Federal/State Partnership Needed to Expand High-Quality, Full-Day Pre-K for 3- & 4-Year-Olds
NEW BRUNSWICK, NJ–The COVID-19 pandemic set back state preschool enrollment and funding across America more than any other education sector, according to the 2020 State of Preschool Yearbook by the National Institute for Early Education Research (NIEER) at the Rutgers Graduate School of Education.
The annual survey found:
- growth in state-funded preschool was slowing before the pandemic,
- the pandemic imposed serious setbacks and reversed recent progress,
- uneven progress among states is worsening inequality in children’s access to high-quality preschool, and
- most states spend too little per child to support high-quality, full-day pre-K and few reach all their children.
Enrollment in state-funded preschool increased slightly in 2019-2020, but took a hit in 2020-2021 as programs closed or only offered virtual learning and parents were hesitant to send children to in-person school during the pandemic.
“Lawmakers need to act now to address learning loss, stress on young children and families, and get pre-K back on track,” said W. Steven Barnett, Ph.D., NIEER’s founder and senior co-director.
In several of the largest states, including Florida and Texas, quality standards are very low, and most children in pre-K are unlikely to receive the quality of education needed to provide long-term gains in learning and development.
“Funding is a key impediment to quality and current spending is less than half of what is needed in many states,” said Allison Friedman-Krauss, Ph.D., NIEER assistant research professor. “Teaching staff are poorly paid and some programs offer children as little as 10 hours of preschool each week. To have a lasting impact, more funding is needed to improve quality for children, support full-day programs, and provide teachers with competitive salaries and benefits. Nationwide, we estimate that programs need an average of at least $12,500 annually per child to do this, a significant increase from current investments in most states.”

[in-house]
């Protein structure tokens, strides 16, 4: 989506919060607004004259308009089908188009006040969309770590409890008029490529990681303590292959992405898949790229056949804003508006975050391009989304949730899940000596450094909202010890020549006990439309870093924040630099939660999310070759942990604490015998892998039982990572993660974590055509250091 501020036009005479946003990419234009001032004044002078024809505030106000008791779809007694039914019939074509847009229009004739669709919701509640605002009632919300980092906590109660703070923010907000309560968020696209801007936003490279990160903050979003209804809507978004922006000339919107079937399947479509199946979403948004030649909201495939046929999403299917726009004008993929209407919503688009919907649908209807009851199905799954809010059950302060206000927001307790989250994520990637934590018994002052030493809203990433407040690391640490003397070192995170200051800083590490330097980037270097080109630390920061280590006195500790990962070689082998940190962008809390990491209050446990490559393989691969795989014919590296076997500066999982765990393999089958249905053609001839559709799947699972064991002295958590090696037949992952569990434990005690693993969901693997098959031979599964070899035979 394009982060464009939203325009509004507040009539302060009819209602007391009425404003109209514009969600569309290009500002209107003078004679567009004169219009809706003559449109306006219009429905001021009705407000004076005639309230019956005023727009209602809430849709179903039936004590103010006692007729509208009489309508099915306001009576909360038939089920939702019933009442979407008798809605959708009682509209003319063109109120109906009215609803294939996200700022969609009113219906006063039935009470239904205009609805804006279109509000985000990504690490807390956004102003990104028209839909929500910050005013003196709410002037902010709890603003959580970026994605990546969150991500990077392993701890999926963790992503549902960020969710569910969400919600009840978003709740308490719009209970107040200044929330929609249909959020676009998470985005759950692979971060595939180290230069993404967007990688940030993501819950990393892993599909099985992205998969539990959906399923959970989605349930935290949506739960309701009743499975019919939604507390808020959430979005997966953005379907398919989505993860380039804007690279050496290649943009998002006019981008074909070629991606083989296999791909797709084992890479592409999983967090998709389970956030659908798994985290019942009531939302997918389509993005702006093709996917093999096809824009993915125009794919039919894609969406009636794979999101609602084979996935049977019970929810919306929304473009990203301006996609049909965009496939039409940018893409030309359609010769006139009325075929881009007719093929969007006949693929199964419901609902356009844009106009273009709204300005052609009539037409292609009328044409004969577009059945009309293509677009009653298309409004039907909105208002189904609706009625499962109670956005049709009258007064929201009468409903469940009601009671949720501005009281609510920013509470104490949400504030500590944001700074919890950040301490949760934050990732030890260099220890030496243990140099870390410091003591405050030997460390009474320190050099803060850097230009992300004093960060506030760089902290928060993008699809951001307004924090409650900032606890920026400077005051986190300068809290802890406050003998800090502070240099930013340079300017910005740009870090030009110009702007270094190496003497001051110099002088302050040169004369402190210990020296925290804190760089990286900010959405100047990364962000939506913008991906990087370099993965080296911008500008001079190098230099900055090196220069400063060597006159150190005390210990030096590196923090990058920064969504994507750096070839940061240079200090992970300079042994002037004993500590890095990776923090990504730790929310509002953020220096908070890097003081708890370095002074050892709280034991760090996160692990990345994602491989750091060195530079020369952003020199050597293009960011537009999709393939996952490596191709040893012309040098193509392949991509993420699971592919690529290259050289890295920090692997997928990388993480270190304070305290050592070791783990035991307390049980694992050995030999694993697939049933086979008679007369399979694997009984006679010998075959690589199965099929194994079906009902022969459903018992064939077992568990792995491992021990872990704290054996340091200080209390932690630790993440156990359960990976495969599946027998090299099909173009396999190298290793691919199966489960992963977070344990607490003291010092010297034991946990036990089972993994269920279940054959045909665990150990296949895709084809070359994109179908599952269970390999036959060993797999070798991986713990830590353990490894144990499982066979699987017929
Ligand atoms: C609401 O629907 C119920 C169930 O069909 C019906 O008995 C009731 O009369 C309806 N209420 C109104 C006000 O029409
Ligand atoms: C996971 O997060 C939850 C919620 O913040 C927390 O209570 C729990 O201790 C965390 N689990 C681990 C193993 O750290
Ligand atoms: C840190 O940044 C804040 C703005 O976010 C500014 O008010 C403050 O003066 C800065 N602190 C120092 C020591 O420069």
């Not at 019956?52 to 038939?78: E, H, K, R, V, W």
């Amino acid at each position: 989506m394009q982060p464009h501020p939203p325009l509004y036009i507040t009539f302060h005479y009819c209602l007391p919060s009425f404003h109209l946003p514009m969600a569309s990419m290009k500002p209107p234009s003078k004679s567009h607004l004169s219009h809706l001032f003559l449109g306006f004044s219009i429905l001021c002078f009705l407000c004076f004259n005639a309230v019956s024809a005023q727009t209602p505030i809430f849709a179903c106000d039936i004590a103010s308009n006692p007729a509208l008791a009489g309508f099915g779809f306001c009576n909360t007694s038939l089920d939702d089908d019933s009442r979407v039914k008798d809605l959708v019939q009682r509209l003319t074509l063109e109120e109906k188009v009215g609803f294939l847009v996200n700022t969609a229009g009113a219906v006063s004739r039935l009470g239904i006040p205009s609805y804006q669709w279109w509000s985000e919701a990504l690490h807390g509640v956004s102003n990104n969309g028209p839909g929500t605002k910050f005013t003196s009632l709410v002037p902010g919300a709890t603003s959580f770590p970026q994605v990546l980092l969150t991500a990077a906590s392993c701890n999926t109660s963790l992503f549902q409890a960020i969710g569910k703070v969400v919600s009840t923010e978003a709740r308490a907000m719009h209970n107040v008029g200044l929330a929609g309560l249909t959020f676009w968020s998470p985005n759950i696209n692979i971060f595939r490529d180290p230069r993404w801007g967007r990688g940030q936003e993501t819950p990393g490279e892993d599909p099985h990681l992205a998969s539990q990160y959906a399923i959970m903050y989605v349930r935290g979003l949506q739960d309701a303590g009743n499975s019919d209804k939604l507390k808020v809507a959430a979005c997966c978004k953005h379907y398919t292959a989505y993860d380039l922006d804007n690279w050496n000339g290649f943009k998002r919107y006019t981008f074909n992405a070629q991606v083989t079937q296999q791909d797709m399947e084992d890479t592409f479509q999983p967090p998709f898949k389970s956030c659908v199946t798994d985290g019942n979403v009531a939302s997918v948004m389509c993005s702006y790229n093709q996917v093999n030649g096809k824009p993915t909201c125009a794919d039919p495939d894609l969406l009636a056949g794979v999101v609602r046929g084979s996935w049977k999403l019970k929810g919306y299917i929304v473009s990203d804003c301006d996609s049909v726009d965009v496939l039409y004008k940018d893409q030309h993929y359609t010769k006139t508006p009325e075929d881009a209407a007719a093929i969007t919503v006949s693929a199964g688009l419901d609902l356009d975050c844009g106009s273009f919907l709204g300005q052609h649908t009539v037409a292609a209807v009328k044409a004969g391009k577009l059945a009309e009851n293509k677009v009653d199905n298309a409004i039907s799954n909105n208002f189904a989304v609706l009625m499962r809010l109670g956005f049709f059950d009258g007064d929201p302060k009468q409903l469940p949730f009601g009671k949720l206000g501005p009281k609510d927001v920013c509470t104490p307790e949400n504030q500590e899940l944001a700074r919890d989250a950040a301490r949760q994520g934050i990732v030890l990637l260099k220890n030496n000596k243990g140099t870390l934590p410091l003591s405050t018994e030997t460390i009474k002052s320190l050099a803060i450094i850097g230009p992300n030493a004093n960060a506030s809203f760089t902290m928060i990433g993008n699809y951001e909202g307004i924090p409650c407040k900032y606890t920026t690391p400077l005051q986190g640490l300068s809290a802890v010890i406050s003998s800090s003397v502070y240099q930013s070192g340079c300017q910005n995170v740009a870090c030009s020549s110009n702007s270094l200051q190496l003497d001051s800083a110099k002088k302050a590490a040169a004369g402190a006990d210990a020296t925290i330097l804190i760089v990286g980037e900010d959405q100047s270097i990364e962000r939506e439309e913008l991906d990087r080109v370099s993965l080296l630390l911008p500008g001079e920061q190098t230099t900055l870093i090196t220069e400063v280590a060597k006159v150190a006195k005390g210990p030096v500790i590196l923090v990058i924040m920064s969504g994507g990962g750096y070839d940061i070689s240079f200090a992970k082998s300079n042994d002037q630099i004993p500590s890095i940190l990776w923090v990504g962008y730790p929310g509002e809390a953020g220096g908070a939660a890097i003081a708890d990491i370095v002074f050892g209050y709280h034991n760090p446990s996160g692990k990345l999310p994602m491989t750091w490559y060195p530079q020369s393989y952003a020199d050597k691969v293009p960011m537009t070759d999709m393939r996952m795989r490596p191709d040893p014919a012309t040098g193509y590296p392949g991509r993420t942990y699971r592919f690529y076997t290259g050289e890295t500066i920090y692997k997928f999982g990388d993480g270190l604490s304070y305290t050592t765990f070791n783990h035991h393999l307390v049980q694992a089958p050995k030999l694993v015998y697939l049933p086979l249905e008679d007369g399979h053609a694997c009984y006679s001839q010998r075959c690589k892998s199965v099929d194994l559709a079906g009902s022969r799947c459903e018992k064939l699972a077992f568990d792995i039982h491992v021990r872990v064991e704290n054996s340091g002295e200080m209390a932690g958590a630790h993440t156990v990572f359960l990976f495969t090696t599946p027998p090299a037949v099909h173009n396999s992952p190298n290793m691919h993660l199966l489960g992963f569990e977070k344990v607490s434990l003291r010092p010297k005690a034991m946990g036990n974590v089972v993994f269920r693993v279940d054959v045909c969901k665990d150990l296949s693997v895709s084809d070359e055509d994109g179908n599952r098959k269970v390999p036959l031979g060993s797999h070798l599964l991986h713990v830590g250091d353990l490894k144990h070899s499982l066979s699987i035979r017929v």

“For nearly 20 years, annual progress on preschool has been slow and uneven, and at this pace universal pre-K will remain an unfulfilled promise into the next century,” said Barnett. “Beyond federal rescue and recovery dollars for the short-term, we need a new federal-state partnership to accelerate progress toward high-quality pre-K beginning with the most disadvantaged children many of whom still receive no pre-K at all. This would require that federal and state governments steadily increase spending on pre-K during the next 30 years, expanding programs to reach all 3- and 4-year-olds beginning with the many in low-income families who still do not attend pre-K.”
Across the country the survey reveals bipartisan support for preschool with both “red” and “blue” states among the nation’s leaders in high quality pre-K. That offers hope that the nation can move ahead to expand access to high-quality pre-K more rapidly in the future.
Dr. Friedman-Krauss also noted that “despite the growing need, few states have adequate policies to support preschool-age Dual Language Learners.”
Only 12 state-funded preschool programs require teachers to have specific training or qualifications related to working with Dual Language Learners. Just 31 programs can even report the number of children enrolled who speak a language other than English.
The 2020 State of Preschool Yearbook is the only national report on state-funded preschool programs, tracking enrollment, spending, and policies to support quality since 2002. This year’s report includes a special section on the impact of the COVID-19 pandemic on state funded preschool programs.
The 2020 State of Preschool Yearbook was supported with funding from the Heising-Simons Foundation and the Bill and Melinda Gates Foundation. Cost modeling and funding analyses were supported with funding from the PNC Foundation. For more information and detailed state-by-state profiles on quality, access, and funding, please visit www.nieer.org.
The National Institute for Early Education Research at the Rutgers Graduate School of Education, New Brunswick, NJ, supports early childhood education policy and practice through independent, objective research and the translation of research to policy and practice.